Many times CNC manufacturing businesses seek out CNC programming software only to find that they end up paying for CAM technology that they really don't need, along with maintenance that they will never use.
A simple solution to this is the development of modular CAD/CAM software, which allows different software functionalities to be available independently of one another. This means that shops that need 2.5-axis machining capabilities can acquire it without having to pay for software functionality that they will not use.
Giving CNC businesses the ability to add on to a CAD/CAM product as needed for upgrade costs in functionality is a better way to help shops grow as they learn CAM technology and employ it into their operation. For example, a shop that has a CNC router may start off with a complete 2-axis CAD/CAM system that allows them to create 2.5 axis toolpath and G-code programs for a router. The same company may then acquire a 3-axis CNC machine down the road, and would be able to add on to the software and upgrade to the next level, at very low cost, in order to take advantage of machining technology for 3-axis, and so on.
For small shops, this makes more sense than the alternative, which is to have to pay more money for more technology, which some shops simply wouldn't use until the right job came along.
The bottom line is that modular type CAD/CAM products give smaller shops with tighter budgets the opportunity to grow by starting off with simpler software packages that cost less. They can upgrade software functionality as they need it, which is a great benefit for shops that are getting into making molds.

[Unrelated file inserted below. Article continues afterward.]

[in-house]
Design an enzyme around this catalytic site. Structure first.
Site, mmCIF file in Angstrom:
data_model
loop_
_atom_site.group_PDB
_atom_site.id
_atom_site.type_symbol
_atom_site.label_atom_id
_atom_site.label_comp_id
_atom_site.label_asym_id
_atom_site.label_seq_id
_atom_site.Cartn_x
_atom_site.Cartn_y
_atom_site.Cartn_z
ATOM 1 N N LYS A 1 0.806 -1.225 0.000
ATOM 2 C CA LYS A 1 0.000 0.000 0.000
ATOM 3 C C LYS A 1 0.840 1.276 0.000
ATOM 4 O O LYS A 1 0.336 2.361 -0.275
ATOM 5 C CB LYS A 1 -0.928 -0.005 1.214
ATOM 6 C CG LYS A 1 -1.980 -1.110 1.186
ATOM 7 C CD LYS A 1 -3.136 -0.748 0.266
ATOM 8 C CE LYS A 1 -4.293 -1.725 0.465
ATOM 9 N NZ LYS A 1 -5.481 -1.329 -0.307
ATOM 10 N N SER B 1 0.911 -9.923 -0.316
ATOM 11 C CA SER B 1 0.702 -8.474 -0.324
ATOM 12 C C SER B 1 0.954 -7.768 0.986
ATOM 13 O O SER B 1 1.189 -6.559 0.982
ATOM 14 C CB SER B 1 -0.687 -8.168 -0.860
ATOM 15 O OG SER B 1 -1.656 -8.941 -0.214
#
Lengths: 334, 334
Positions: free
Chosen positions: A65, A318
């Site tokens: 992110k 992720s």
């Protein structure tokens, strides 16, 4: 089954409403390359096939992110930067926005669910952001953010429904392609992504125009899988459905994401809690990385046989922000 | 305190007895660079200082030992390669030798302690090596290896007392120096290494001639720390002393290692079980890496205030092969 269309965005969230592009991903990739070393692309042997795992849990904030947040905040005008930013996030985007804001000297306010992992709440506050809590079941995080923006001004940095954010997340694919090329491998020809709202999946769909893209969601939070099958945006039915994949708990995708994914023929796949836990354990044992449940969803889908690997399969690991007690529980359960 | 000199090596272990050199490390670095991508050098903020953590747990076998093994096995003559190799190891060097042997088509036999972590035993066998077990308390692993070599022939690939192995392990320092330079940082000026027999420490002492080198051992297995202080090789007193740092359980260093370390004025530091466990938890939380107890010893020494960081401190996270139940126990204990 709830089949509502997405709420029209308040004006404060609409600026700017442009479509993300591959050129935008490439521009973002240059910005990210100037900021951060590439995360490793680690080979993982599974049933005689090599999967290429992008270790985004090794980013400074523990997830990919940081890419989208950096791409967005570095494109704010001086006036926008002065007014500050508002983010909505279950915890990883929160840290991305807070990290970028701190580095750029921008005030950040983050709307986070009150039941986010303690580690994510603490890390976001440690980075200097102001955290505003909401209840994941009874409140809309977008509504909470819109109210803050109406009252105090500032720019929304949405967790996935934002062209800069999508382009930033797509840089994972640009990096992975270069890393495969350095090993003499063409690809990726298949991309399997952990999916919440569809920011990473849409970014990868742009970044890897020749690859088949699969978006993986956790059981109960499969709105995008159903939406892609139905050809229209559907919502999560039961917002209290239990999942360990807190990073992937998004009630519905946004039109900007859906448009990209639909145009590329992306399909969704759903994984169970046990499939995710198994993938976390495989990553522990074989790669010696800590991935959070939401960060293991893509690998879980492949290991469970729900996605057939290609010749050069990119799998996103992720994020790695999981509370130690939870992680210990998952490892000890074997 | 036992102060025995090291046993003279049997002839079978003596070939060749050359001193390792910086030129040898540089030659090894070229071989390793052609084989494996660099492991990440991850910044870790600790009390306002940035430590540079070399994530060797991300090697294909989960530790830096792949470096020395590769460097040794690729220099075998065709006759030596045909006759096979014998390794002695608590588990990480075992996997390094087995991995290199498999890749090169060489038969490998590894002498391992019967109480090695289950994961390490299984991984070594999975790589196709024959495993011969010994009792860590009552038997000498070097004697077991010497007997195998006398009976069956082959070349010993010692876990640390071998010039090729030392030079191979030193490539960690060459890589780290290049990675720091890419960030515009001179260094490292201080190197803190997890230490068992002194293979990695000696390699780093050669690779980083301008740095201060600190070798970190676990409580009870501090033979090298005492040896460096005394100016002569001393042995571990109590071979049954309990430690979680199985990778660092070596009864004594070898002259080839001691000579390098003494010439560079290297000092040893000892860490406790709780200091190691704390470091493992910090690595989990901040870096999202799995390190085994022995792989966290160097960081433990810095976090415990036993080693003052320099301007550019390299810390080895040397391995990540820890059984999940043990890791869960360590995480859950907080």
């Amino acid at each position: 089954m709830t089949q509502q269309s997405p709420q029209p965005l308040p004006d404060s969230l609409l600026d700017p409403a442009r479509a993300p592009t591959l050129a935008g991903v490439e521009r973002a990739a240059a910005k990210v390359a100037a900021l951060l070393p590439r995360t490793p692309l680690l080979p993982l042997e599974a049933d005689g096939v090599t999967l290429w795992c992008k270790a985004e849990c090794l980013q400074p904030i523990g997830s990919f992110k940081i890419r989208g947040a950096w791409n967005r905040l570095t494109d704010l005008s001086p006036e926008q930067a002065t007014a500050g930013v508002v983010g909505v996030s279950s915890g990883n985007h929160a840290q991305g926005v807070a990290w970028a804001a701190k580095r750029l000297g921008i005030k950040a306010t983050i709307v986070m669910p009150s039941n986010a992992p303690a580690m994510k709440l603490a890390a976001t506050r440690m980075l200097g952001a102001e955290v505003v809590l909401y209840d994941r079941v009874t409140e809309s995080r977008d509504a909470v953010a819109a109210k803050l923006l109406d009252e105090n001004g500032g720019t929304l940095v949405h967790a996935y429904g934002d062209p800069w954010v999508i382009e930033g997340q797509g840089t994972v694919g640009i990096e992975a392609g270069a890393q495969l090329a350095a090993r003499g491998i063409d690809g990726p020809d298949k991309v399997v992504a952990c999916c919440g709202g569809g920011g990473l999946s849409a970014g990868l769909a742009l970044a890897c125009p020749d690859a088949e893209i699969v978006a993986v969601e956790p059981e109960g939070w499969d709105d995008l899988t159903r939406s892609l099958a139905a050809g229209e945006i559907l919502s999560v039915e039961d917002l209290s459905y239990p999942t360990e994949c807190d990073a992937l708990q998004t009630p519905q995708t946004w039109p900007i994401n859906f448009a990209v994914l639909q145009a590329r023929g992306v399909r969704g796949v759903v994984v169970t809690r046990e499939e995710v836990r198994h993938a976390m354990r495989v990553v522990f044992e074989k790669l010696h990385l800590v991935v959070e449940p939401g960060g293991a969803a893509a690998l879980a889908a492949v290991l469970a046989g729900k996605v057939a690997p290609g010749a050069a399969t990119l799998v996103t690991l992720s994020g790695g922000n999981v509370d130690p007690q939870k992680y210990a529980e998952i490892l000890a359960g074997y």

Shops can save money by upgrading CAD/CAM software to add higher level toopaths and programming functionality, such as a mulitaxis package, which can include seven surface-based toolpaths that increases the user’s ability to control where and how material is removed.
Since it doesn’t cost as much for an upgrade as it would tobuy an entirely new package, this is recommended as the better route for shops to take. Starting with a simple 2-axis product and gaining the skill set to be utilized with the higher end features that a multiaxis package offers when warranted.
Multiaxis is just that, not only does it offer more toolpath options, it also supports 4- and 5-axis output. As your parts get more complicated to machine, it usually means you are adding a 4th or 5th axis to eliminate setup time or just to have the ability to cut the parts according to the design.
Suppliers that offer 4-and 5-axis upgrades are able to support table-table, head-table and head-head machine configurations, giving CNC businesses a more affordable path to acquire this type of technology.
Other modules offer CNC machining capabilities such as lathe, part nesting and sheet optimizing as well as artistic CAD/CAM, which allows the user to take a picture and turn it into a relief model or profile geometry that can then be machined.
The point is that these modules can be purchased separately, so businesses can introduce these functions into their shops as the need arises. Shops can save money and add technology as they grow.